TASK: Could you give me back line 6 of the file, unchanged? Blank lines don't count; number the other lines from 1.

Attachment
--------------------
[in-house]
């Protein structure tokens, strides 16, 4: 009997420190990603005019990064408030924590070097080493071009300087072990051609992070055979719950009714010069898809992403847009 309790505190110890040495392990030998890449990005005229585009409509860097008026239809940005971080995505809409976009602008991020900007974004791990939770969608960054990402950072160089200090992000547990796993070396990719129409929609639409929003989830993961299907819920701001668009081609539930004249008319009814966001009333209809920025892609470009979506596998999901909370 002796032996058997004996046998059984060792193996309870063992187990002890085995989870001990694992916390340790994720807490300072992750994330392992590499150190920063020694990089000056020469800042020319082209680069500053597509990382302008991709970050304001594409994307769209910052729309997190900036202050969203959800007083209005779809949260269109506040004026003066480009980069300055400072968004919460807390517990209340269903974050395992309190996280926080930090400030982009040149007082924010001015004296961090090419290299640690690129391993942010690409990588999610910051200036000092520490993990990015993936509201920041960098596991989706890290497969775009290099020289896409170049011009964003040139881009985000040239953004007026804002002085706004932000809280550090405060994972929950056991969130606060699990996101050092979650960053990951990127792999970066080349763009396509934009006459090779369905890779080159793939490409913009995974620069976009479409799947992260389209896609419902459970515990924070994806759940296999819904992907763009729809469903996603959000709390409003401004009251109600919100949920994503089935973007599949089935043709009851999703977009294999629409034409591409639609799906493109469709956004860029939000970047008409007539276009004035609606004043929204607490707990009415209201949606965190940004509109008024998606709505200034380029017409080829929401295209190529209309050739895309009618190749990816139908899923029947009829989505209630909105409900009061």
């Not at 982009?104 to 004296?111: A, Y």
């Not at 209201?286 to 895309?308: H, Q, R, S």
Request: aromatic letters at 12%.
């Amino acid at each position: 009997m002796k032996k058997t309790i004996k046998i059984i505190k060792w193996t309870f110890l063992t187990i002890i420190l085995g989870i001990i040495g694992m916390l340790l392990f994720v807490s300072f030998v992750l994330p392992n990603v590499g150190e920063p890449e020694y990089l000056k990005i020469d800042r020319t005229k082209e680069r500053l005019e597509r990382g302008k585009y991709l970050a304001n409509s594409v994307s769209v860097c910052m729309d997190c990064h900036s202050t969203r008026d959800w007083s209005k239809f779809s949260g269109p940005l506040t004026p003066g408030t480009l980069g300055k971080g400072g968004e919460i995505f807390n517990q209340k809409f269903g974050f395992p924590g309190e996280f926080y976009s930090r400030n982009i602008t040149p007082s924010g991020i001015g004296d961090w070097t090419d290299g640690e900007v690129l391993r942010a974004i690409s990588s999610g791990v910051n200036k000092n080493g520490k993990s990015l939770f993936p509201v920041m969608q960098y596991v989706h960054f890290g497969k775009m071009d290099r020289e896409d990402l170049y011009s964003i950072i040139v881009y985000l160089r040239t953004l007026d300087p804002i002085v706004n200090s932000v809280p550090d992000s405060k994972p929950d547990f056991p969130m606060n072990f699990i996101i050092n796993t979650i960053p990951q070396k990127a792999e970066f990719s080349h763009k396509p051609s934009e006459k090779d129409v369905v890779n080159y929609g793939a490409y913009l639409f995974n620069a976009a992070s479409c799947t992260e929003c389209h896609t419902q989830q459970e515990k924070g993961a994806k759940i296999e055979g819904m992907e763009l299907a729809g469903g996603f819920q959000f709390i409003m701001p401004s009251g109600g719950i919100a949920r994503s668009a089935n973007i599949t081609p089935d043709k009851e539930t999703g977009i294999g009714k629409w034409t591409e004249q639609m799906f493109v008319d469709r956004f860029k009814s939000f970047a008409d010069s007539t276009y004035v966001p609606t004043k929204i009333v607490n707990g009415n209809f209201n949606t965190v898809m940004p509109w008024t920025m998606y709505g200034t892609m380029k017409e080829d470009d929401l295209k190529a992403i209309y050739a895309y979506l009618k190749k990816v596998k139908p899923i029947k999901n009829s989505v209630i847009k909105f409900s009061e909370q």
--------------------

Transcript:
């Amino acid at each position: 009997m002796k032996k058997t309790i004996k046998i059984i505190k060792w193996t309870f110890l063992t187990i002890i420190l085995g989870i001990i040495g694992m916390l340790l392990f994720v807490s300072f030998v992750l994330p392992n990603v590499g150190e920063p890449e020694y990089l000056k990005i020469d800042r020319t005229k082209e680069r500053l005019e597509r990382g302008k585009y991709l970050a304001n409509s594409v994307s769209v860097c910052m729309d997190c990064h900036s202050t969203r008026d959800w007083s209005k239809f779809s949260g269109p940005l506040t004026p003066g408030t480009l980069g300055k971080g400072g968004e919460i995505f807390n517990q209340k809409f269903g974050f395992p924590g309190e996280f926080y976009s930090r400030n982009i602008t040149p007082s924010g991020i001015g004296d961090w070097t090419d290299g640690e900007v690129l391993r942010a974004i690409s990588s999610g791990v910051n200036k000092n080493g520490k993990s990015l939770f993936p509201v920041m969608q960098y596991v989706h960054f890290g497969k775009m071009d290099r020289e896409d990402l170049y011009s964003i950072i040139v881009y985000l160089r040239t953004l007026d300087p804002i002085v706004n200090s932000v809280p550090d992000s405060k994972p929950d547990f056991p969130m606060n072990f699990i996101i050092n796993t979650i960053p990951q070396k990127a792999e970066f990719s080349h763009k396509p051609s934009e006459k090779d129409v369905v890779n080159y929609g793939a490409y913009l639409f995974n620069a976009a992070s479409c799947t992260e929003c389209h896609t419902q989830q459970e515990k924070g993961a994806k759940i296999e055979g819904m992907e763009l299907a729809g469903g996603f819920q959000f709390i409003m701001p401004s009251g109600g719950i919100a949920r994503s668009a089935n973007i599949t081609p089935d043709k009851e539930t999703g977009i294999g009714k629409w034409t591409e004249q639609m799906f493109v008319d469709r956004f860029k009814s939000f970047a008409d010069s007539t276009y004035v966001p609606t004043k929204i009333v607490n707990g009415n209809f209201n949606t965190v898809m940004p509109w008024t920025m998606y709505g200034t892609m380029k017409e080829d470009d929401l295209k190529a992403i209309y050739a895309y979506l009618k190749k990816v596998k139908p899923i029947k999901n009829s989505v209630i847009k909105f409900s009061e909370q």